News & blog

THE LATEST FROM LISA BERNE

Last night’s supper

Because breakfast is always more fun in the evening.

Photo: a "smiley face" comprised of an omelet, a sausage, and two English muffins

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The Wedding Dress

What a sad image! Still, it would make a wonderful illustration for an opening chapter in a romance novel, wouldn’t it? Things look bad for the heroine. But we know — for sure — that it will all end up OK. No, more than OK: it’ll be great.

"The Wedding Dress" by Frederick William Elwell, 1911.

“The Wedding Dress” by Frederick William Elwell, 1911

Which is just one reason why I love reading (and writing!) romance.

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You’ve got questions? I’ve got answers!

If you happen to be wondering what I’m currently working on, my strategy for dealing with writer’s block, where I got my idea(s) for You May Kiss the Bride, how I get inspired to write, and if I have any advice for aspiring writers, hop on over to my Goodreads page!

Cover for YOU MAY KISS THE BRIDE by Lisa Berne (Avon/HarperCollins)

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How grapes are made

I’ve always wondered, haven’t you? ;)

Photo via Minimiam: how grapes are made

 

More whimsy from the Minimiam artists here.

 

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Word of the day: Cantankerous

In You May Kiss the Bride, my hero’s grandmother, Henrietta Penhallow, is definitely cantankerous: she’s arrogant, domineering, and critical.

Infographic: "cantankerous," via Merriam-Webster

 

Here’s a little snippet from Chapter 5, during which my heroine, the penniless orphan Livia Stuart, has begun — under the aegis of old Mrs. Penhallow — her transformation into an elegant Society miss.

One morning, after several new items had arrived (including, to Livia’s intense gratification, a pair of kid slippers with ravishing pink rosettes), she said impulsively to Mrs. Penhallow:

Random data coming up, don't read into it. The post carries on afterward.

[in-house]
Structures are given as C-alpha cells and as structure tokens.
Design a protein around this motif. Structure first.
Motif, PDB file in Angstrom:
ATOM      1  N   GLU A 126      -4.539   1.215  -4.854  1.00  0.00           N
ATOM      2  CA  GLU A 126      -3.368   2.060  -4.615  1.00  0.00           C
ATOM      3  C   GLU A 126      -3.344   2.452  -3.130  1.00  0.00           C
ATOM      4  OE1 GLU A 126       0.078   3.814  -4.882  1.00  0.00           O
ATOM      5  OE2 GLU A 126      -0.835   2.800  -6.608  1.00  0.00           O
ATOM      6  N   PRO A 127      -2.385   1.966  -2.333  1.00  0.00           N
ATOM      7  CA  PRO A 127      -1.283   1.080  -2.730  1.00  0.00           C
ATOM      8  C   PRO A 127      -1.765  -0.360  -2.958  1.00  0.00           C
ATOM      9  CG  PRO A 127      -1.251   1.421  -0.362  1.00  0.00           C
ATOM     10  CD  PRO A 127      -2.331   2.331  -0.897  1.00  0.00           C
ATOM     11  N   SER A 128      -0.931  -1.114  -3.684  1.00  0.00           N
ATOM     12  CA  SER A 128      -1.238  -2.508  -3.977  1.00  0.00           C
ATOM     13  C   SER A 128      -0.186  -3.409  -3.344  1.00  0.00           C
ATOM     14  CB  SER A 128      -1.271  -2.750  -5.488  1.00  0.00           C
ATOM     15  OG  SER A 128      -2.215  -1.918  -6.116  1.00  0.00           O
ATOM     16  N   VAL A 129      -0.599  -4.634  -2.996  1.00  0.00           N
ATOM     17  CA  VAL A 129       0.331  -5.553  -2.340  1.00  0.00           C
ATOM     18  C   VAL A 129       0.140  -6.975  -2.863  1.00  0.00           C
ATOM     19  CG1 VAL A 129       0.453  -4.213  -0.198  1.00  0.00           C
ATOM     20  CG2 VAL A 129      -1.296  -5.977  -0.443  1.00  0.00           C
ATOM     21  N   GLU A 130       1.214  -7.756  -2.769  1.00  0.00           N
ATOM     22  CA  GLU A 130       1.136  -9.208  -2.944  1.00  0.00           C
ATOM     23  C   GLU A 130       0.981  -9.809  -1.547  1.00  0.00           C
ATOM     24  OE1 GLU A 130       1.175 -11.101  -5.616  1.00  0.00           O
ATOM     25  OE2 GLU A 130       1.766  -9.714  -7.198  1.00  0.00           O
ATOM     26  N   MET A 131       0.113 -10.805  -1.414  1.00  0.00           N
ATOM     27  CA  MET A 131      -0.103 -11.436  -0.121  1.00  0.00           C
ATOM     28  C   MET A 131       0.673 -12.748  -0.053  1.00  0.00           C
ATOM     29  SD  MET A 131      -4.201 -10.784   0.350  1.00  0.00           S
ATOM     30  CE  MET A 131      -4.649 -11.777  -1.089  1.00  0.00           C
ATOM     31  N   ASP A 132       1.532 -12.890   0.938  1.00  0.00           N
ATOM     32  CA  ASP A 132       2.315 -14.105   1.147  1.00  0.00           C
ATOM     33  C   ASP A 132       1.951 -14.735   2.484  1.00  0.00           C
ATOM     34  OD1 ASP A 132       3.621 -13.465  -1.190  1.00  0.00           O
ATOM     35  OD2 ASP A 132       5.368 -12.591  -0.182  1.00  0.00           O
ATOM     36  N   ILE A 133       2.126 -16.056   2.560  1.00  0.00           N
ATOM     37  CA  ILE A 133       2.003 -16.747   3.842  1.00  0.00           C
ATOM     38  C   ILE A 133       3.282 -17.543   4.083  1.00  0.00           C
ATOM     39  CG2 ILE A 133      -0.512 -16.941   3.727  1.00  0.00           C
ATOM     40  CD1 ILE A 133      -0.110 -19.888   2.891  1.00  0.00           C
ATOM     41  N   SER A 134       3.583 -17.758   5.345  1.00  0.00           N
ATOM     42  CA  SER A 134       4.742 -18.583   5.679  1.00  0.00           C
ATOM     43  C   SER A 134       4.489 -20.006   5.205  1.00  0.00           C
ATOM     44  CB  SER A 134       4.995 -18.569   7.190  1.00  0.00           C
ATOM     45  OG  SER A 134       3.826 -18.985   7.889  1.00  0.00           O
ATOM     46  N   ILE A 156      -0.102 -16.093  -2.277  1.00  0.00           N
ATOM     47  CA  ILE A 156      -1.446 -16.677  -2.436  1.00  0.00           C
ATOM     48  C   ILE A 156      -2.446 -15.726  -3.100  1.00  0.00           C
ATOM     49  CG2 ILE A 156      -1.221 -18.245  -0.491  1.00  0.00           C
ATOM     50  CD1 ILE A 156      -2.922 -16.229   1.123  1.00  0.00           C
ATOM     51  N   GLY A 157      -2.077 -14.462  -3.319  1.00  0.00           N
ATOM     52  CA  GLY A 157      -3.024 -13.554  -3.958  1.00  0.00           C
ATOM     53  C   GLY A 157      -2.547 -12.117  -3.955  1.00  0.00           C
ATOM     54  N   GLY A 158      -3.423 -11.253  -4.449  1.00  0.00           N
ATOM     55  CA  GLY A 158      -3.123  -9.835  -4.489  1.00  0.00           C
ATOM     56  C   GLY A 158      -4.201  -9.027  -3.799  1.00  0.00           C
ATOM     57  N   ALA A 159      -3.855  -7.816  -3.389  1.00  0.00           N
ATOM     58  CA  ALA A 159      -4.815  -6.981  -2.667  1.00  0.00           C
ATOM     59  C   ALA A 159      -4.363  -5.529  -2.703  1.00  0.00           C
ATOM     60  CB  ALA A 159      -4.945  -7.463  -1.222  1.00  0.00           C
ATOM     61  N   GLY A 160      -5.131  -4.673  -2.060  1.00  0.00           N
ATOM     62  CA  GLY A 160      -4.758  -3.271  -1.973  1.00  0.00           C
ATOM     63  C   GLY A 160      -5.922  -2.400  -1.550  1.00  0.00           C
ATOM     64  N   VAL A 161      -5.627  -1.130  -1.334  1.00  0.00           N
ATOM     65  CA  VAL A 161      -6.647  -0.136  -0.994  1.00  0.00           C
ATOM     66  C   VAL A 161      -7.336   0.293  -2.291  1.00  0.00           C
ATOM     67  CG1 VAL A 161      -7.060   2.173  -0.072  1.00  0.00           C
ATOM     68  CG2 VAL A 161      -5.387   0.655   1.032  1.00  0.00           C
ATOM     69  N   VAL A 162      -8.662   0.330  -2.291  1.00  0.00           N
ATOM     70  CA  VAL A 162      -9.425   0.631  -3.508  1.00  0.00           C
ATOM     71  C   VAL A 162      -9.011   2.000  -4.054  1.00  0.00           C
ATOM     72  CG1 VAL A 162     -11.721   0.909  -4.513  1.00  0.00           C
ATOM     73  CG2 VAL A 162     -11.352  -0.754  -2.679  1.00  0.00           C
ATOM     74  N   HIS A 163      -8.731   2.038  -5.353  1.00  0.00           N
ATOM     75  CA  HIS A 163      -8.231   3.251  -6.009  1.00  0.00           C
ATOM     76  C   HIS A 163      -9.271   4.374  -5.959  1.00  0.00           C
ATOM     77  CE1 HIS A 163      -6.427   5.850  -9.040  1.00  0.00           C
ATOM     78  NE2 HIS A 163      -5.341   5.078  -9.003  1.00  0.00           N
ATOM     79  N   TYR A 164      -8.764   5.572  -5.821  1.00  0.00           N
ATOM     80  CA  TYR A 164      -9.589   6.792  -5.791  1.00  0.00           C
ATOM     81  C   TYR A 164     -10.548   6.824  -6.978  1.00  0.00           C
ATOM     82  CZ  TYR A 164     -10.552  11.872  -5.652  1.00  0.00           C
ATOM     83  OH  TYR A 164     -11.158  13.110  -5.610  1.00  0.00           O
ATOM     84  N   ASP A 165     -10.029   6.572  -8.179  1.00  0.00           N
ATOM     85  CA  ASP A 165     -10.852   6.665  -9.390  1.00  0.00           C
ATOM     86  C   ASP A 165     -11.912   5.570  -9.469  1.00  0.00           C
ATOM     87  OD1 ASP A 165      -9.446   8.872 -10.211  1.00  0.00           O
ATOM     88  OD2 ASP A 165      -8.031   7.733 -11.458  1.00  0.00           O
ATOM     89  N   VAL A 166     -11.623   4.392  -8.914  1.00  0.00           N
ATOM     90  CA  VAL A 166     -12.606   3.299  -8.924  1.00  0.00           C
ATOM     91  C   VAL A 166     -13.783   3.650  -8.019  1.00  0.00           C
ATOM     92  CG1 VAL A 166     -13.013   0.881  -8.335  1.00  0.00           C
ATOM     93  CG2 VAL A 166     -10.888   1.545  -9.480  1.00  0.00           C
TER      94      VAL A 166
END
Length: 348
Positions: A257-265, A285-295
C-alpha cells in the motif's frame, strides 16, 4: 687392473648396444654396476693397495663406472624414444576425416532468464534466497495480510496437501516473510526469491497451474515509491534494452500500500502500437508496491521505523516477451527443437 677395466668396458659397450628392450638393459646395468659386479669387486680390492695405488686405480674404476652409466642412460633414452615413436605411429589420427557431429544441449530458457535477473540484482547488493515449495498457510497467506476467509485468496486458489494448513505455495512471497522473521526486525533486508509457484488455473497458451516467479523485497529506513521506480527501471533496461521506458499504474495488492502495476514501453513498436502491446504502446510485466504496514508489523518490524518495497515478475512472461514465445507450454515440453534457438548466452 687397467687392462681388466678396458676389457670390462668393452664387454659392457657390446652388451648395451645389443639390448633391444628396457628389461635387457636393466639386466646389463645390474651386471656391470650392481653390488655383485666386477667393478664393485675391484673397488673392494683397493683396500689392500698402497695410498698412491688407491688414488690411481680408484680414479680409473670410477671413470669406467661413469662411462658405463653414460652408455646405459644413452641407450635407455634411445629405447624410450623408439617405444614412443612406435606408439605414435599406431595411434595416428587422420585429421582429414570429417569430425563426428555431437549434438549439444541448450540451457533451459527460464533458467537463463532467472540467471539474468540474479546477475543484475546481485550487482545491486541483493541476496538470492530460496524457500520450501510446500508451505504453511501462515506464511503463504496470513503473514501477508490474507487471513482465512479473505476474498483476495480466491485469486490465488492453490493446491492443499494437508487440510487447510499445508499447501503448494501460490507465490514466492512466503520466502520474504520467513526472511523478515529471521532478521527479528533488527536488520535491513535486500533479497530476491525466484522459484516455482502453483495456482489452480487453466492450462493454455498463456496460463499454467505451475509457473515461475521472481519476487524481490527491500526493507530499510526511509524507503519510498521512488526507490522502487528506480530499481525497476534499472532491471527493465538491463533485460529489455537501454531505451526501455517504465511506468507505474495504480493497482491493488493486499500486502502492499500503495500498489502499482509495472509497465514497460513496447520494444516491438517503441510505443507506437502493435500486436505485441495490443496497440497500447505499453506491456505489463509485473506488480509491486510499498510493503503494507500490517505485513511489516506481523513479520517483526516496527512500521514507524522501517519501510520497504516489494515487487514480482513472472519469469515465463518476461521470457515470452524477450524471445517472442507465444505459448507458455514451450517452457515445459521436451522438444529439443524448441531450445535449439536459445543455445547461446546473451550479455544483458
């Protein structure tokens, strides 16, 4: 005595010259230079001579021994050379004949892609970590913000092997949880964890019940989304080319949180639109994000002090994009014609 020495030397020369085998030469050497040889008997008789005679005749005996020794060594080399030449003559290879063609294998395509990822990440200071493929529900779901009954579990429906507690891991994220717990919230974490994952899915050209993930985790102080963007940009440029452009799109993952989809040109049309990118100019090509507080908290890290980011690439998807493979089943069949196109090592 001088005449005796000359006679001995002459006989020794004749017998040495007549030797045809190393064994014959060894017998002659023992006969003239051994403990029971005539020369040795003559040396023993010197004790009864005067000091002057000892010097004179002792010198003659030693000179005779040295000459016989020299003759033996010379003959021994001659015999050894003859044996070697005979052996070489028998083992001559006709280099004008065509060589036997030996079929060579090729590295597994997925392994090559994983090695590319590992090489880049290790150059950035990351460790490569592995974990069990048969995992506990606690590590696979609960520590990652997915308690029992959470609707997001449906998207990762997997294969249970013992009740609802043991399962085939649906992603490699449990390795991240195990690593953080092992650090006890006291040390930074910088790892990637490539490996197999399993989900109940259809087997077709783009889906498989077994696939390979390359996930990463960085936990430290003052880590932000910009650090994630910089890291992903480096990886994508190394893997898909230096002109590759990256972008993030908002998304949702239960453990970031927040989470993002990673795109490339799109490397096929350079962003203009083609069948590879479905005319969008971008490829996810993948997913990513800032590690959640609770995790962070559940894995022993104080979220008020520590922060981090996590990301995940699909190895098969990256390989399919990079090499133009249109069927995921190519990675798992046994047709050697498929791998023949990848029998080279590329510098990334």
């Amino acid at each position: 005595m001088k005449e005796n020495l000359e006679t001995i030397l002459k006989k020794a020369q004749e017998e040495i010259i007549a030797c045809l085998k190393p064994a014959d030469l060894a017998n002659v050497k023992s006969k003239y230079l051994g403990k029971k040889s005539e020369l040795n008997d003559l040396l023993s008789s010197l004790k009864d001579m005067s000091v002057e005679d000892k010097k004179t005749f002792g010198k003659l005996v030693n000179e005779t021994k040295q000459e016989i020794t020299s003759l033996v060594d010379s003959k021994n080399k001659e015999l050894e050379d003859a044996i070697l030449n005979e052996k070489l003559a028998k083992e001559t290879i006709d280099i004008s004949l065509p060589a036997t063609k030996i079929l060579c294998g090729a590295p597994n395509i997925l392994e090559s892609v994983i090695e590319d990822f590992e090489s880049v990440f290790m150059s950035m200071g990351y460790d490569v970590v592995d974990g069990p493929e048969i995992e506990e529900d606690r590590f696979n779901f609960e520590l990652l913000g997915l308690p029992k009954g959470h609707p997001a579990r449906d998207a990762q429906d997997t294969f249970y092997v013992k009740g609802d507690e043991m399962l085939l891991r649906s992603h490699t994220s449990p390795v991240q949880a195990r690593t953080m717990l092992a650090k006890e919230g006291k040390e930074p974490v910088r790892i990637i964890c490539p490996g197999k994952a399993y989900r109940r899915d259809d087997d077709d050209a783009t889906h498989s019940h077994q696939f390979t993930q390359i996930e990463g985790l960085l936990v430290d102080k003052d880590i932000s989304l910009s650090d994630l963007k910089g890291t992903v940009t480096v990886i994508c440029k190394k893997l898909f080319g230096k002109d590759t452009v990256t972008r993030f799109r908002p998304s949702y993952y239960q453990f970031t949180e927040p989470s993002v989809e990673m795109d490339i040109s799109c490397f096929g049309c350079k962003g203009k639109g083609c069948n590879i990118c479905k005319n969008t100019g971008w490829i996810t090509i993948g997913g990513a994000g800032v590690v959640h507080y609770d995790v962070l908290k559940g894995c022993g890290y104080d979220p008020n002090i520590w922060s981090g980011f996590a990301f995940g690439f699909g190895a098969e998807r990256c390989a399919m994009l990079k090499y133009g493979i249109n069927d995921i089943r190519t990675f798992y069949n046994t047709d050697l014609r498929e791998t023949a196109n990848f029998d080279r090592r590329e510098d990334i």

“All this, ma’am, for me? I must thank you.”

The old lady had somehow managed despite her inferior height to look down her nose at Livia. “It is not for, or about, you, young lady,” she replied with her usual hauteur. “Never think that for a moment. It is merely that you are to represent the Penhallows, and standards must be upheld.”

Temporarily cowed by this frigid set-down, Livia submitted to successive applications of Lotion of Ladies of Denmark, Milk of Almonds, and the distilled water from green pineapples, her complexion having been pronounced shockingly brown, and also to the rose oil and white wax for lips deemed repulsively dry and chapped.

Poor Livia!

Want to read a longer excerpt from You May Kiss the Bride? Click here for Chapter 1.

 

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The one book I can’t wait to read

When I was invited to contribute to this year’s Avon Author Reading Wish List, did I hesitate? Not for a second. Because — hurray! — Loretta Chase has a new book coming out this year!

Avon Romance logo

Katharine Ashe, Sophie Barnes, Megan Frampton, Laura Lee Guhrke, Beverly Jenkins, Jennifer Ryan, Lynsay Sands, and Lori Wilde also shared their Wish List choices. My TBR stack just got bigger . . .